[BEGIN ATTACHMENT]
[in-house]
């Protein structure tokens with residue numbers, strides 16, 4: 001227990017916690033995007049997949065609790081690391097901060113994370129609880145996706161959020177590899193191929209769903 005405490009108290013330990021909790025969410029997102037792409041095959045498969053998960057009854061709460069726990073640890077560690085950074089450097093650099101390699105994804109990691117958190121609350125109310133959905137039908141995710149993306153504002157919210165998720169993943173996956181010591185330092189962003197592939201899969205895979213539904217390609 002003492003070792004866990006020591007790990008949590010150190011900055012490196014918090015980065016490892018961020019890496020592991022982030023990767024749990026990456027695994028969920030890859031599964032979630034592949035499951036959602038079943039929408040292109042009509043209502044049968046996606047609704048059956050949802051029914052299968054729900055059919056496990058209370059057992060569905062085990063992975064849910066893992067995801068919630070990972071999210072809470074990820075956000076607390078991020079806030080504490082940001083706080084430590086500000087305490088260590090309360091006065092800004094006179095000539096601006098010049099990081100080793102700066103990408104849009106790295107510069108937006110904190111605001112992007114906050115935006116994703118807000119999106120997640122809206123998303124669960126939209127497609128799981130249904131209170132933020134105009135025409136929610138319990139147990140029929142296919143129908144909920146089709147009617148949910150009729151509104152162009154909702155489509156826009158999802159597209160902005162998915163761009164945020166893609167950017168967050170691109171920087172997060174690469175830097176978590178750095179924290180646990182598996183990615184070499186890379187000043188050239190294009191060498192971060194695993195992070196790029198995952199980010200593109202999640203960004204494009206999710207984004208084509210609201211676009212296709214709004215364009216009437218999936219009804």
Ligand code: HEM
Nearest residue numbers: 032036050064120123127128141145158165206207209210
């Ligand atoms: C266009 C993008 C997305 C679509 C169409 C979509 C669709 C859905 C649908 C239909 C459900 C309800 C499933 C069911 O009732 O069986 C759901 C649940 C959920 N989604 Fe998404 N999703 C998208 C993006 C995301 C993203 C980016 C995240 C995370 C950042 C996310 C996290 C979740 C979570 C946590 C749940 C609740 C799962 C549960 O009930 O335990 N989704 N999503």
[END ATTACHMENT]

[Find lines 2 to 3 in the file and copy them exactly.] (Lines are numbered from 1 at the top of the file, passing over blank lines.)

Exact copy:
């Protein structure tokens with residue numbers, strides 16, 4: 001227990017916690033995007049997949065609790081690391097901060113994370129609880145996706161959020177590899193191929209769903 005405490009108290013330990021909790025969410029997102037792409041095959045498969053998960057009854061709460069726990073640890077560690085950074089450097093650099101390699105994804109990691117958190121609350125109310133959905137039908141995710149993306153504002157919210165998720169993943173996956181010591185330092189962003197592939201899969205895979213539904217390609 002003492003070792004866990006020591007790990008949590010150190011900055012490196014918090015980065016490892018961020019890496020592991022982030023990767024749990026990456027695994028969920030890859031599964032979630034592949035499951036959602038079943039929408040292109042009509043209502044049968046996606047609704048059956050949802051029914052299968054729900055059919056496990058209370059057992060569905062085990063992975064849910066893992067995801068919630070990972071999210072809470074990820075956000076607390078991020079806030080504490082940001083706080084430590086500000087305490088260590090309360091006065092800004094006179095000539096601006098010049099990081100080793102700066103990408104849009106790295107510069108937006110904190111605001112992007114906050115935006116994703118807000119999106120997640122809206123998303124669960126939209127497609128799981130249904131209170132933020134105009135025409136929610138319990139147990140029929142296919143129908144909920146089709147009617148949910150009729151509104152162009154909702155489509156826009158999802159597209160902005162998915163761009164945020166893609167950017168967050170691109171920087172997060174690469175830097176978590178750095179924290180646990182598996183990615184070499186890379187000043188050239190294009191060498192971060194695993195992070196790029198995952199980010200593109202999640203960004204494009206999710207984004208084509210609201211676009212296709214709004215364009216009437218999936219009804």
Ligand code: HEM